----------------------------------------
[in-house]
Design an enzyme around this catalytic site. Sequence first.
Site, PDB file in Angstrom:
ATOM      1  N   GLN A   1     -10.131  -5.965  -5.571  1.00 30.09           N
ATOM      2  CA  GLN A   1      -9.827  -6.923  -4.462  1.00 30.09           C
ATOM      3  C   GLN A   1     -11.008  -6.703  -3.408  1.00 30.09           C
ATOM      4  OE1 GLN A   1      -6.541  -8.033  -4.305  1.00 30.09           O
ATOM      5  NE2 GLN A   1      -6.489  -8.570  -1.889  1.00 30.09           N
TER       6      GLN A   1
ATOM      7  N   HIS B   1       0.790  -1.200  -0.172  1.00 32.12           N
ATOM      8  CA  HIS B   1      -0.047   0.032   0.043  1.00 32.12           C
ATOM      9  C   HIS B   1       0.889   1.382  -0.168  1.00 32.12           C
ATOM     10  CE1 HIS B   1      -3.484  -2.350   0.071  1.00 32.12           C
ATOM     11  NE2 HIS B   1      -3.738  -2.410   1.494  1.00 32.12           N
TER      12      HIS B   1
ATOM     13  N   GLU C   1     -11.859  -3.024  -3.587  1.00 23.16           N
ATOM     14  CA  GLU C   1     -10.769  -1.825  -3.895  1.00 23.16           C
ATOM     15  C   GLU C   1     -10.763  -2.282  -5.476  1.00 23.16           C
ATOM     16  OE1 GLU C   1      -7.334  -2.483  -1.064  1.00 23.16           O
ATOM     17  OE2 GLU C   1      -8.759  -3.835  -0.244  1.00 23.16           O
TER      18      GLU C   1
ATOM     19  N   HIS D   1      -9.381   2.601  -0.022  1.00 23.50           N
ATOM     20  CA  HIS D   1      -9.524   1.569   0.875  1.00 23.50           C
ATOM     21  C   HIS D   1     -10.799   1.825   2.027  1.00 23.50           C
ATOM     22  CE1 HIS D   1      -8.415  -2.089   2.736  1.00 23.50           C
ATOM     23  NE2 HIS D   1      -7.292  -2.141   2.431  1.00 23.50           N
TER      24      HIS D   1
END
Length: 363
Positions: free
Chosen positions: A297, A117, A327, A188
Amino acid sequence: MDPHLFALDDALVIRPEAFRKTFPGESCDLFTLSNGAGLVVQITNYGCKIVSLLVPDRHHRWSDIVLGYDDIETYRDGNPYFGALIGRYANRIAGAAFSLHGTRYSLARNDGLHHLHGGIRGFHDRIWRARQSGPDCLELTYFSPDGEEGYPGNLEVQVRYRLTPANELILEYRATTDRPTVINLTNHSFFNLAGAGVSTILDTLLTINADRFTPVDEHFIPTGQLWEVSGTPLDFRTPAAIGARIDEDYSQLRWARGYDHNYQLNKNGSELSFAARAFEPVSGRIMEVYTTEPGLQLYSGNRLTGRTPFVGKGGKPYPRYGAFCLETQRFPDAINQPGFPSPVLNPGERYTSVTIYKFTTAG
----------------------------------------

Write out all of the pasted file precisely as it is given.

[in-house]
Design an enzyme around this catalytic site. Sequence first.
Site, PDB file in Angstrom:
ATOM      1  N   GLN A   1     -10.131  -5.965  -5.571  1.00 30.09           N
ATOM      2  CA  GLN A   1      -9.827  -6.923  -4.462  1.00 30.09           C
ATOM      3  C   GLN A   1     -11.008  -6.703  -3.408  1.00 30.09           C
ATOM      4  OE1 GLN A   1      -6.541  -8.033  -4.305  1.00 30.09           O
ATOM      5  NE2 GLN A   1      -6.489  -8.570  -1.889  1.00 30.09           N
TER       6      GLN A   1
ATOM      7  N   HIS B   1       0.790  -1.200  -0.172  1.00 32.12           N
ATOM      8  CA  HIS B   1      -0.047   0.032   0.043  1.00 32.12           C
ATOM      9  C   HIS B   1       0.889   1.382  -0.168  1.00 32.12           C
ATOM     10  CE1 HIS B   1      -3.484  -2.350   0.071  1.00 32.12           C
ATOM     11  NE2 HIS B   1      -3.738  -2.410   1.494  1.00 32.12           N
TER      12      HIS B   1
ATOM     13  N   GLU C   1     -11.859  -3.024  -3.587  1.00 23.16           N
ATOM     14  CA  GLU C   1     -10.769  -1.825  -3.895  1.00 23.16           C
ATOM     15  C   GLU C   1     -10.763  -2.282  -5.476  1.00 23.16           C
ATOM     16  OE1 GLU C   1      -7.334  -2.483  -1.064  1.00 23.16           O
ATOM     17  OE2 GLU C   1      -8.759  -3.835  -0.244  1.00 23.16           O
TER      18      GLU C   1
ATOM     19  N   HIS D   1      -9.381   2.601  -0.022  1.00 23.50           N
ATOM     20  CA  HIS D   1      -9.524   1.569   0.875  1.00 23.50           C
ATOM     21  C   HIS D   1     -10.799   1.825   2.027  1.00 23.50           C
ATOM     22  CE1 HIS D   1      -8.415  -2.089   2.736  1.00 23.50           C
ATOM     23  NE2 HIS D   1      -7.292  -2.141   2.431  1.00 23.50           N
TER      24      HIS D   1
END
Length: 363
Positions: free
Chosen positions: A297, A117, A327, A188
Amino acid sequence: MDPHLFALDDALVIRPEAFRKTFPGESCDLFTLSNGAGLVVQITNYGCKIVSLLVPDRHHRWSDIVLGYDDIETYRDGNPYFGALIGRYANRIAGAAFSLHGTRYSLARNDGLHHLHGGIRGFHDRIWRARQSGPDCLELTYFSPDGEEGYPGNLEVQVRYRLTPANELILEYRATTDRPTVINLTNHSFFNLAGAGVSTILDTLLTINADRFTPVDEHFIPTGQLWEVSGTPLDFRTPAAIGARIDEDYSQLRWARGYDHNYQLNKNGSELSFAARAFEPVSGRIMEVYTTEPGLQLYSGNRLTGRTPFVGKGGKPYPRYGAFCLETQRFPDAINQPGFPSPVLNPGERYTSVTIYKFTTAG